The Disrobing of Christ, 1579 by El Greco

As a masterpiece it was already hailed by Alejo de Montoya, the Tolcdan goldsmith and arbiter in Greco's litigation with the Chapter of the Cathedral; and this praise decided the issue of remuneration in Greco's favor.

The Disrobing of Christ shines like a most precious jewel. The burning ruby of Christ's robe consumes the cool tonalities that gravitate around this flame the gray, the ocher, the blue and violet and creates a hitherto unseen splendor: the complementary blue shadow on the yellowish surcoat of the bent figure, the intense reflections of red on the gray-violet of the knight's armor.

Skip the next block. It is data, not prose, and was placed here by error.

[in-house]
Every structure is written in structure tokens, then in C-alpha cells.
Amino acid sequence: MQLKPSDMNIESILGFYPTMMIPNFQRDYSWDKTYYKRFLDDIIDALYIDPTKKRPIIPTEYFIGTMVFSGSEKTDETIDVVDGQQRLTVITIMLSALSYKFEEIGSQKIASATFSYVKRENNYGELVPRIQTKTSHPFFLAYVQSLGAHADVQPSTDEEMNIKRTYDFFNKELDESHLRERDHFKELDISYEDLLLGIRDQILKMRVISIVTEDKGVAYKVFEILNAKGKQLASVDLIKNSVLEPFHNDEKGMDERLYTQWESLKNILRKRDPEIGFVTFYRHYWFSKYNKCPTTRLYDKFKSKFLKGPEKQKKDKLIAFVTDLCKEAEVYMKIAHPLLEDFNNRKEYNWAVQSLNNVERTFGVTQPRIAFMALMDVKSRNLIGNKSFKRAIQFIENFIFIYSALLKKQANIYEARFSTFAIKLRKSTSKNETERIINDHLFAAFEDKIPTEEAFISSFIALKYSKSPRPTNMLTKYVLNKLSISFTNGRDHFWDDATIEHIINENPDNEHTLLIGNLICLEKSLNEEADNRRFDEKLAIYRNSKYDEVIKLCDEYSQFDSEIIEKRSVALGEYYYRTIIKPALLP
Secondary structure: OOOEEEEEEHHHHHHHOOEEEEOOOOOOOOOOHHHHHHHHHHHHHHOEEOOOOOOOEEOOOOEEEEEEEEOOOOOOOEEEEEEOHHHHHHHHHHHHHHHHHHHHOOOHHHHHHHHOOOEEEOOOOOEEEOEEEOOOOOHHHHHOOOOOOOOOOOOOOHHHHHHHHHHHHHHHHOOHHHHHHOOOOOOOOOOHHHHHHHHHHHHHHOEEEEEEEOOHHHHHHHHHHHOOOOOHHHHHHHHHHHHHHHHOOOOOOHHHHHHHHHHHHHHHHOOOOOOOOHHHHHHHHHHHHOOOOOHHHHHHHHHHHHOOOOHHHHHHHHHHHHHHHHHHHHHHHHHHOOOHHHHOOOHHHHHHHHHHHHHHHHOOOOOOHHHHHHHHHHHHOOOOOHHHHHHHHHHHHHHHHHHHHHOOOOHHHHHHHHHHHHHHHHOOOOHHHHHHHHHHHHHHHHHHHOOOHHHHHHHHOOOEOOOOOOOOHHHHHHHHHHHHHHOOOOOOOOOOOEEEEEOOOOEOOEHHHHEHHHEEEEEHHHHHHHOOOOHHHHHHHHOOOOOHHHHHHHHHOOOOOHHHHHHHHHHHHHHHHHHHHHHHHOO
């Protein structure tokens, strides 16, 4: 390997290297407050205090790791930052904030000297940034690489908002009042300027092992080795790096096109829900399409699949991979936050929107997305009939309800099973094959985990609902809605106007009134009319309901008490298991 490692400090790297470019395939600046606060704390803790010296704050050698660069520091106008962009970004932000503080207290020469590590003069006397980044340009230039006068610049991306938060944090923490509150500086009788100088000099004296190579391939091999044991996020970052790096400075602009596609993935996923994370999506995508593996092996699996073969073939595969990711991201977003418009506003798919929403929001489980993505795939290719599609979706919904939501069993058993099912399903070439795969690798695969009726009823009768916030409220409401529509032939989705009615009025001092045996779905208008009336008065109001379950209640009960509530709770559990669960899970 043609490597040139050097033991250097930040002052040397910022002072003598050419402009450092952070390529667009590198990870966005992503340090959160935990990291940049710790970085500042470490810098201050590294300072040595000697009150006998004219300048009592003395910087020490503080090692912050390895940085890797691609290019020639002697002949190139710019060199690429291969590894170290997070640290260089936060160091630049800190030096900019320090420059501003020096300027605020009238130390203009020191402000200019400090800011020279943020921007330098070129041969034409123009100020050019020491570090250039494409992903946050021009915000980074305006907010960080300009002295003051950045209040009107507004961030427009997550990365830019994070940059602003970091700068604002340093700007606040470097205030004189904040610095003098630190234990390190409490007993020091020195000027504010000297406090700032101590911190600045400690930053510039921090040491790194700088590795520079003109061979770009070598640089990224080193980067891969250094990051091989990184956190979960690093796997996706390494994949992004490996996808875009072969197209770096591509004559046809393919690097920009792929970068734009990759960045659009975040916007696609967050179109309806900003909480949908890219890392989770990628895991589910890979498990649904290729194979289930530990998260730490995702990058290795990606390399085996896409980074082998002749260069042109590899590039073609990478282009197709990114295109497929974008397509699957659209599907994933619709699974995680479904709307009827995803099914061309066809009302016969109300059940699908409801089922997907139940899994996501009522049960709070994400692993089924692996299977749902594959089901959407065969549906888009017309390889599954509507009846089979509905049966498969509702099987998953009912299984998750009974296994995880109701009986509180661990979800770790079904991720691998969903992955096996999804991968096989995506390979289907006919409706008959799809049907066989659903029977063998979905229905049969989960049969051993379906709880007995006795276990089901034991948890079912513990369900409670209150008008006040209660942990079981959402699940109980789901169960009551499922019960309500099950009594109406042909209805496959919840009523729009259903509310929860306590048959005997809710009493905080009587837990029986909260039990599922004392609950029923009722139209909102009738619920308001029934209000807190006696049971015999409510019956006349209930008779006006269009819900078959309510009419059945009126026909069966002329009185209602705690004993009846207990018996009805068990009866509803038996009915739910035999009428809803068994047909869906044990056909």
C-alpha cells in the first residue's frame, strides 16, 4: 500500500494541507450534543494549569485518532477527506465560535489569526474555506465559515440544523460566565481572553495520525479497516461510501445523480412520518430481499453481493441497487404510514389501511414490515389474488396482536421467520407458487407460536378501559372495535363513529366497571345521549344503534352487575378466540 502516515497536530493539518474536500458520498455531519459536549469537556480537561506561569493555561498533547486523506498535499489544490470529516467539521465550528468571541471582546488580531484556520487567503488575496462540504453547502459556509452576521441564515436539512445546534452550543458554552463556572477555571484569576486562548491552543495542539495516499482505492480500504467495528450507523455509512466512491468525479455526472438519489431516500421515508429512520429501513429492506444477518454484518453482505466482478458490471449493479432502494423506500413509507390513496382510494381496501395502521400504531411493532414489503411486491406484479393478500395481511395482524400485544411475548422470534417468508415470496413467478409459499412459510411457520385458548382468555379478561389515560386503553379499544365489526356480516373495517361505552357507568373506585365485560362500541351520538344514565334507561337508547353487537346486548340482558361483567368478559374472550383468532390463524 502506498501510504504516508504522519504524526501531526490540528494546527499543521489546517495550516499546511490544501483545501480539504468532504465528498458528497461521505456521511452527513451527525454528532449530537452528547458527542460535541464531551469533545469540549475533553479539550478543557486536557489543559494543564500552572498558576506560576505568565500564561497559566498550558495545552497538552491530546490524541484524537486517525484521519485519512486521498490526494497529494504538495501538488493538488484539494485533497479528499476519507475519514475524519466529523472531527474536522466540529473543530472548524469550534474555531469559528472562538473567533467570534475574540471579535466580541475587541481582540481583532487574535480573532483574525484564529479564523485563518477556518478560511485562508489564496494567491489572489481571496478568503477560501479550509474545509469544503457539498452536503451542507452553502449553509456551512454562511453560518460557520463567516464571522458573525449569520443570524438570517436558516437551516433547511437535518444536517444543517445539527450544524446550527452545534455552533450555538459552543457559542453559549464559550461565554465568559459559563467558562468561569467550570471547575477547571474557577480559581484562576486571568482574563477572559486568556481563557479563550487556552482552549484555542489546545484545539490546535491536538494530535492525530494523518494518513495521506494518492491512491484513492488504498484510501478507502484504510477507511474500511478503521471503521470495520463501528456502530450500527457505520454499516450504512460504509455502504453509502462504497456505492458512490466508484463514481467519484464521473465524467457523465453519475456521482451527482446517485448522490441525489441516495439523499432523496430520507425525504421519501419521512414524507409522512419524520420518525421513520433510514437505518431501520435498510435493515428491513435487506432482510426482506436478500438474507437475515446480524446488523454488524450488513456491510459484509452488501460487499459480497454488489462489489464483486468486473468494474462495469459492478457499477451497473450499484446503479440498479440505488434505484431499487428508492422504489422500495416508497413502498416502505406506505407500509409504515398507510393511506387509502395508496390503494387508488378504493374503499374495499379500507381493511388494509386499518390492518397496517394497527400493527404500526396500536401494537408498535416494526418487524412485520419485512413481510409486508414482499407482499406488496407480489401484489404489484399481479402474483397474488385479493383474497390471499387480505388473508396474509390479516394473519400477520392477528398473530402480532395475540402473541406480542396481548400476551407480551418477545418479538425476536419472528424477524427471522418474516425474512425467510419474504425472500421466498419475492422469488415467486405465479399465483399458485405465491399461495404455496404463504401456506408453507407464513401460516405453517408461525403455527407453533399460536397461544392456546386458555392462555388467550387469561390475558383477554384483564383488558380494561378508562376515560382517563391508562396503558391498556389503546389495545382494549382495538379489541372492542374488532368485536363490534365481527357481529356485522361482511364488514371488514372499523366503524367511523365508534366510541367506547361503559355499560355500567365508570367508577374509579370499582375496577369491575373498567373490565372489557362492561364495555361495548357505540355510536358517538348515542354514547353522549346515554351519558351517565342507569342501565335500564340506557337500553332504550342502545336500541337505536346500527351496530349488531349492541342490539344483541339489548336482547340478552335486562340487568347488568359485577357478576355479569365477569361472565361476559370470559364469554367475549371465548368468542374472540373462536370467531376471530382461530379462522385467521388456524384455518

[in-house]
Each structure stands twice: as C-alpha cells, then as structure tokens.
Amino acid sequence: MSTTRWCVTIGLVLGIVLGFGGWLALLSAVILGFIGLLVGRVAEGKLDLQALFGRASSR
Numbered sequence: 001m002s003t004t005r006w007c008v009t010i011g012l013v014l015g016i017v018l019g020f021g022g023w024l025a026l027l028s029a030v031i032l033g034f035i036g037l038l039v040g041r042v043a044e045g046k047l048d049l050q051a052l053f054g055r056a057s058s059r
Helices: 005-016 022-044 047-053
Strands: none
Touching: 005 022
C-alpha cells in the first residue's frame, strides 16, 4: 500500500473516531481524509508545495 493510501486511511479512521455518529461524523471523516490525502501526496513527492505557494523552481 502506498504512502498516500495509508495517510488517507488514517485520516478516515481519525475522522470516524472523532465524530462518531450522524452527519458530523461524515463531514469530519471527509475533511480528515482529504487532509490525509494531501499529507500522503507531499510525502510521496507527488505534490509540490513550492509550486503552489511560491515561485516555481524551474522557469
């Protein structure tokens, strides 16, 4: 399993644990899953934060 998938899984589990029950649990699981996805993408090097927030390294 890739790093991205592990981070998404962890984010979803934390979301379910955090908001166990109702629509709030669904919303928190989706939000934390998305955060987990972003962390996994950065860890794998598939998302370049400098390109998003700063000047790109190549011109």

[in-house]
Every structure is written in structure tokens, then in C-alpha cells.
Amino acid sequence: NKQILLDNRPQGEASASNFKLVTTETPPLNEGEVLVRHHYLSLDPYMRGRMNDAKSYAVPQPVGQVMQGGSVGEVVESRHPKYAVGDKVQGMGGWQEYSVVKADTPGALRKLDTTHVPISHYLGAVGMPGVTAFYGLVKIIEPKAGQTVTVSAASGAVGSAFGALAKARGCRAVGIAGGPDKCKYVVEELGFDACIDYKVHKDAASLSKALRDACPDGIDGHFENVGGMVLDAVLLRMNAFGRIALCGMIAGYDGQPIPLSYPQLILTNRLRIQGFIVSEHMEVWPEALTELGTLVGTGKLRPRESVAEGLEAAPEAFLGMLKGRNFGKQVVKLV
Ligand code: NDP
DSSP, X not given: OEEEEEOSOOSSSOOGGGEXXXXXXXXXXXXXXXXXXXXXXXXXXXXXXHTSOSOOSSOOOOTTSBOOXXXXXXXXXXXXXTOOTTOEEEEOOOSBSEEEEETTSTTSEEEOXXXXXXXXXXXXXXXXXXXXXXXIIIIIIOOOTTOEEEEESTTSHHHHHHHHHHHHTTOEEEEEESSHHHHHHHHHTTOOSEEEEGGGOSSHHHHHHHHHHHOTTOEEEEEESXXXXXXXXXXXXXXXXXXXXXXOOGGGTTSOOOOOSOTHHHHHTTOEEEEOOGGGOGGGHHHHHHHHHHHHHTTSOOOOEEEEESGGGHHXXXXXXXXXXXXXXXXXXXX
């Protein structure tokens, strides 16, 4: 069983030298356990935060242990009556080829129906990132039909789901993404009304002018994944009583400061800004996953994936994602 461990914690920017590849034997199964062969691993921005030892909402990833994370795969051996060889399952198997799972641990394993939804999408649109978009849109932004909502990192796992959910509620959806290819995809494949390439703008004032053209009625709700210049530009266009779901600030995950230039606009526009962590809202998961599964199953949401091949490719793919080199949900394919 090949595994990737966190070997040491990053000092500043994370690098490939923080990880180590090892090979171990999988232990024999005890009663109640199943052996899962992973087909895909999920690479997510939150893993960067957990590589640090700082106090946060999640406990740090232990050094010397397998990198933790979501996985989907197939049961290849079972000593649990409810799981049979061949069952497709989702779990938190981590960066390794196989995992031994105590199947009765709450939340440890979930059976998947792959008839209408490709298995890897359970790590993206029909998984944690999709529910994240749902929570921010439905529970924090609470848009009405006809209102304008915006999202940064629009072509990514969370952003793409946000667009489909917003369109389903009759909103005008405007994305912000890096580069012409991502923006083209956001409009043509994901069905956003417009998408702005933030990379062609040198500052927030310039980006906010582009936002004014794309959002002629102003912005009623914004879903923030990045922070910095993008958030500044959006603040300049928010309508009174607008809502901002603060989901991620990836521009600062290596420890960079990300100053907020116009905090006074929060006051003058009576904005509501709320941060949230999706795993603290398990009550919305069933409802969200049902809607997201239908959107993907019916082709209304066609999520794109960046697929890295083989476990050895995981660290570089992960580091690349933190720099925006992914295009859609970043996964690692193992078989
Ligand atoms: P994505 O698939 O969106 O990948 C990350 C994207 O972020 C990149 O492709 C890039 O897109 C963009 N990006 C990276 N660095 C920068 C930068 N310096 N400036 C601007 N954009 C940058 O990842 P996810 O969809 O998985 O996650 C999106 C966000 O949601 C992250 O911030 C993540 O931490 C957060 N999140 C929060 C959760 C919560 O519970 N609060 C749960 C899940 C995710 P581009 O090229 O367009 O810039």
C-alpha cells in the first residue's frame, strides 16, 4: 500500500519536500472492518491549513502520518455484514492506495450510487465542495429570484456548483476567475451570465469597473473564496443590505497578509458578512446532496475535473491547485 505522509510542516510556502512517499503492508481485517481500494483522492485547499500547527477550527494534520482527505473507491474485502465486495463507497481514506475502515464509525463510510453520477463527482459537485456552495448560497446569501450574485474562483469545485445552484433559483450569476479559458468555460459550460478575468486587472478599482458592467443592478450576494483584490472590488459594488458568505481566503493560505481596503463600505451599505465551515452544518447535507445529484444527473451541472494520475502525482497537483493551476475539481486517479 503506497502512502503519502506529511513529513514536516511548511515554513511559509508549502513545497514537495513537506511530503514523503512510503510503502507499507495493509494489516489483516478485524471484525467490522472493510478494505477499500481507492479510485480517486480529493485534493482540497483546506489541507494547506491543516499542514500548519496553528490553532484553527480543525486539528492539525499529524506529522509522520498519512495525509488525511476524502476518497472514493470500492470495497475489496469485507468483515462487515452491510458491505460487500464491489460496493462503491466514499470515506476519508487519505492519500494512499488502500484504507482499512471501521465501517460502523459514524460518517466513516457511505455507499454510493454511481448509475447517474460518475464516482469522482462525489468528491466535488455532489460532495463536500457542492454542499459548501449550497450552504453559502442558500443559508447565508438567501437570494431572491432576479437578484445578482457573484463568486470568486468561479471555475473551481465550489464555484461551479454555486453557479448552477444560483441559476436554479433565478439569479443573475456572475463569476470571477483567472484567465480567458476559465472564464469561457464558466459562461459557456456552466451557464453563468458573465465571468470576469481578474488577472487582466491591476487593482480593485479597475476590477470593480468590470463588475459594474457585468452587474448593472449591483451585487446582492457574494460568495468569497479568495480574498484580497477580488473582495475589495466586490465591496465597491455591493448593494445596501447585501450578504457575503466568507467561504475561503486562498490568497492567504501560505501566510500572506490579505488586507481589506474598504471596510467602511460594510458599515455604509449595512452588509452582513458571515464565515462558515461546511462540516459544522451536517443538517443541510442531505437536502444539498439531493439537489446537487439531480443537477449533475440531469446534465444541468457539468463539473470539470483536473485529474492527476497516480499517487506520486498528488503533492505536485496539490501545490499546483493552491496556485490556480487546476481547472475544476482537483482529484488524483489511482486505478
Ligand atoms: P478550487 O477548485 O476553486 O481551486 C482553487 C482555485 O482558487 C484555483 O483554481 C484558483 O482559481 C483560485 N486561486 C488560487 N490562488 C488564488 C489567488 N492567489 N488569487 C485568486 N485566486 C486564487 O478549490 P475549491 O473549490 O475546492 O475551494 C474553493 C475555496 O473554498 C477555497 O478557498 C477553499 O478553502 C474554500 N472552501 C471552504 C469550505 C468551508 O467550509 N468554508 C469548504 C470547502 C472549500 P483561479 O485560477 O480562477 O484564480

But, just as in the Cleansing of the Temple, it is the spatial organization that is intended to convey visually the psychological theme here, the divestment of Christ on Calvary. The tunic, its presence and integrity, is the reality here. But this reality, as we know it, is going to be destroyed, divided among the soldiers. And the story of this impending drama is given in the very drama of the space. Around the powerful axis of Christ's figure a compact volume-sphere of realistic heads is constructed and is advancing on us. Below is the second level of spatial activity: the intersecting planes (in the modeling and the positions of the three Marys and of the soldier that prepares the wood) create a restless, Mannerist, "cubistic" space. The two levels are not merely juxtaposed, they interpenetrate; and the very uneasiness of this separation communicates to us the drama of anxiety and divine release.